Tim Ryder February 26, 2013 at 07:55 AM
Good point Adam but actually it was the Federal prohibition agents which came into Eagle Rock and threatened the collectives into closing. Though Michael Larsen and a few local loudmouths ranted and raved at the Neighborhood Council, they have no real power to throw any businesses out. But May 21st we all get to vote on a couple medical marijuana ballot initiatives so hold on to your hat...the issue's going to heat up again!
Adam Salcedo February 26, 2013 at 07:49 PM
Thanks for the update Mr Ryder but I do remember one instance when Jose Huizar championed the closure of cornerstone research and other legitamate dispensaries in the Los Angeles area by writing to the federal prosecutor. To me that says Huizar does not care for patients rights, it tells me he prefers to go against the voted preference of the people of the great state of California.
Tim Ryder February 26, 2013 at 09:12 PM
Correct Adam! Councilman Huizar gets $180,000 a year to play politician and could care less about patient rights. He's been acting more like a Republican than a Democrat on the medical marijuana issue as he's been happily spouting off their reefer madness propaganda nonstop. Huizar's been a shady character for some time now and who knows what he's doing behind the scenes. 50,000 angelenos signed a referendum invalidating his Motion to ban all the collectives so he definitely,doesn't care about the voters, just his own $15,000 monthly theft of the taxpayers.
rebecca niederlander February 27, 2013 at 01:37 AM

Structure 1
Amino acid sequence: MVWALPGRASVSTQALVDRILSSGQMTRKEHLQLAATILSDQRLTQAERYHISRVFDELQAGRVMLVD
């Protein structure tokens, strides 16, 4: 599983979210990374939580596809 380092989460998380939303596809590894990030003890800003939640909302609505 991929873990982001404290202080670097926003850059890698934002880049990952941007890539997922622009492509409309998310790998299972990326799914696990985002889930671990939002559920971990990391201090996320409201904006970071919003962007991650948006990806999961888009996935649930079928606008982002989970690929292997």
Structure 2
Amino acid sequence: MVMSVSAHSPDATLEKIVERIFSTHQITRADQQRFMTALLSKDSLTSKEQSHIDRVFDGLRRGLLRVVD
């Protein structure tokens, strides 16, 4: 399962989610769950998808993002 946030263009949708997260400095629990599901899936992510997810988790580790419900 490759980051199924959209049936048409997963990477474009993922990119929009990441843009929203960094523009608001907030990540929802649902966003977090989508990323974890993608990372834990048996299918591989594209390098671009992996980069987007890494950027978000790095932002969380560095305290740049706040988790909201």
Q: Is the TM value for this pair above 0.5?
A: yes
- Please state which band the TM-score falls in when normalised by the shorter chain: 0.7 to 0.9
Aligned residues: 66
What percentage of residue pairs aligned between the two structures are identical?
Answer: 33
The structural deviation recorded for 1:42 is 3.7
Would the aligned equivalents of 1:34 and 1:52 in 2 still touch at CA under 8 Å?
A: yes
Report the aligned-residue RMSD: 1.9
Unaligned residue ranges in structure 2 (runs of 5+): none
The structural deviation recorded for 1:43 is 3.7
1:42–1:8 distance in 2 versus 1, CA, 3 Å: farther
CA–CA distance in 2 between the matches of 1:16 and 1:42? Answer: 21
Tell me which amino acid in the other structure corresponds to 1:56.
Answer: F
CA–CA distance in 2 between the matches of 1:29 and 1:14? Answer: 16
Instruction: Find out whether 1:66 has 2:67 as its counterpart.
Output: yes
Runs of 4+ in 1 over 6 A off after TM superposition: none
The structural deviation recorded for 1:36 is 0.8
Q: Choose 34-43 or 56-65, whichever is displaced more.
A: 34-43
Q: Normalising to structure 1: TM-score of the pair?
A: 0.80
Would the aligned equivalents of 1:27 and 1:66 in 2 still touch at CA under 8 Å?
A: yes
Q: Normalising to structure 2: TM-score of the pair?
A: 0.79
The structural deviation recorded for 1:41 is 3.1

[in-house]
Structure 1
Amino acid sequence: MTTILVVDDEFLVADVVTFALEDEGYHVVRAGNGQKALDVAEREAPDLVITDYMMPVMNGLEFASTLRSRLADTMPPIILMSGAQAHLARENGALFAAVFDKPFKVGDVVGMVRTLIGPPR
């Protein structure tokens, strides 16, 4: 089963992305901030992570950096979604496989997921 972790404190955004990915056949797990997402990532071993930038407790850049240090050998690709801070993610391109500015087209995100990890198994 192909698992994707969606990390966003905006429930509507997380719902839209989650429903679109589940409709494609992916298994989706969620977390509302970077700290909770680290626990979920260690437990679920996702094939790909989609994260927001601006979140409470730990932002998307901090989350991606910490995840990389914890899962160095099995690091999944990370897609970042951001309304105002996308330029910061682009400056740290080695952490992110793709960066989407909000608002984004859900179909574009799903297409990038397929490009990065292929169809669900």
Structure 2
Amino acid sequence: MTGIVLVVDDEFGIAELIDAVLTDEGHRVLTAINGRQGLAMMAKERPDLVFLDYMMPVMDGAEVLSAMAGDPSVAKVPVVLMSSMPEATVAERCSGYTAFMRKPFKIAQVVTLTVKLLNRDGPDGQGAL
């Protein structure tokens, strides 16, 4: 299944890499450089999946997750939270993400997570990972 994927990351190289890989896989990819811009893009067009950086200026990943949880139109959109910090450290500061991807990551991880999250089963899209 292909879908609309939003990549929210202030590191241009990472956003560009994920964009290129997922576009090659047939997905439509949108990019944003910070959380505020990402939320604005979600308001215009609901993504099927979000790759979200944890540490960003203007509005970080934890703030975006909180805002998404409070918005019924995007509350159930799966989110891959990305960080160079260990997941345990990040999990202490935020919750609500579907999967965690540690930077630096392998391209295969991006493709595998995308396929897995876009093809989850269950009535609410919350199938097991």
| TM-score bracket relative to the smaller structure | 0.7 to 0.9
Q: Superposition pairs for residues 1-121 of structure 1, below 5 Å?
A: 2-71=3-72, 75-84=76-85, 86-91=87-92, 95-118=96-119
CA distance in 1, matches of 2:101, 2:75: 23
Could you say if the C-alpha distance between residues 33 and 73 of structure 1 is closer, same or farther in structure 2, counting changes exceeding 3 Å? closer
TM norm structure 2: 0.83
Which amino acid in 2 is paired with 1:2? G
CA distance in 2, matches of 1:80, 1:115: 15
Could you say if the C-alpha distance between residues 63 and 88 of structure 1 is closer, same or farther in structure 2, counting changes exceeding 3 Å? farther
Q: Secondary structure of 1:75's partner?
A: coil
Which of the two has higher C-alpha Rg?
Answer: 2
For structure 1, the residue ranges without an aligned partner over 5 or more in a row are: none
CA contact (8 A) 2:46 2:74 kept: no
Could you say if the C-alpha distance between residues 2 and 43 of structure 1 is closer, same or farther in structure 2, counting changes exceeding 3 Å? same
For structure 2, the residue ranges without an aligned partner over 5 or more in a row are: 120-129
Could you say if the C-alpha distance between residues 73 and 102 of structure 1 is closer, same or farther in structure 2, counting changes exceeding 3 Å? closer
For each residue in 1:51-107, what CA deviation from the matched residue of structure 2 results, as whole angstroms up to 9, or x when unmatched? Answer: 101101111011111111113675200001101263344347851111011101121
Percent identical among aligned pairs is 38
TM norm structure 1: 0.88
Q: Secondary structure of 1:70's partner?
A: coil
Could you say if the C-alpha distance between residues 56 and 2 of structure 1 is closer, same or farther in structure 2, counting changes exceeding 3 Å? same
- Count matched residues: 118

As someone who lives less that 100 feet from Colorado Blvd., I am very much looking forward to less noise and air pollution. And as a mother and as someone who can not ride a bike due to a disability, I can honestly say I welcome the bike lane along Colorado even though I personally will never be able to use it. I know the lane will be used by more than just speeding single rider bikes, but will also be used by caregivers with trail-a-bikes like this from Ciclavia: http://www.flickr.com/photos/lacamod/7086186913/in/photostream/ http://www.flickr.com/photos/lacamod/7086158885/in/photostream/ and with bike trailers like this: http://www.flickr.com/photos/lacamod/7086185537/in/photostream/ and by people with kid seats attached: http://www.flickr.com/photos/lacamod/6940101158/in/photostream/ and maybe, if we are super lucky, the creative riders will come because they know the area is bike friendly. They will come BECAUSE of our well used lanes and they will spend money at our businesses. And lastly, call it a pipe dream, but how awesome would it be to have these folks back again: http://www.flickr.com/photos/lacamod/6940085220/in/photostream/ cops who patrol our streets on bikes are so much more likely to know the areas well!
rebecca niederlander February 27, 2013 at 01:48 AM
To be honest, complaining about a bike lane coming into a neighborhood is like complaining that you have to pay taxes that go to schools when you don't have kids...something I'm guessing you would never do since you mention the needs of schools and libraries. Many things go into making a neighborhood a desirable place to live. I would have assumed that more people living in NELA...a glorious place filled with diversity of ethnicity, socio-economics, age, religion, education and more...would be more tolerant of people wanting to explore road diversity. And speaking of socio-economic diversity, many people who ride bikes can not afford cars. Anyone who thinks that the City of Los Angeles would spend this much money of a whim of a middle class few is delusional. This effort is supported by the City because bicycling is a well-used model of transport for many people throughout the world who--for whatever reason-- can not or choose not to use a car.
ERLynne February 27, 2013 at 02:51 AM
Rebecca N.'s comments about the multiple benefits of bike lanes contain a lot of interesting points. For anyone who hasn't considered the many ways bike lanes might benefit our community, you might like to read what she's written. Food for thought -- whether you ride a bike yourself or not. Thanks, Rebecca!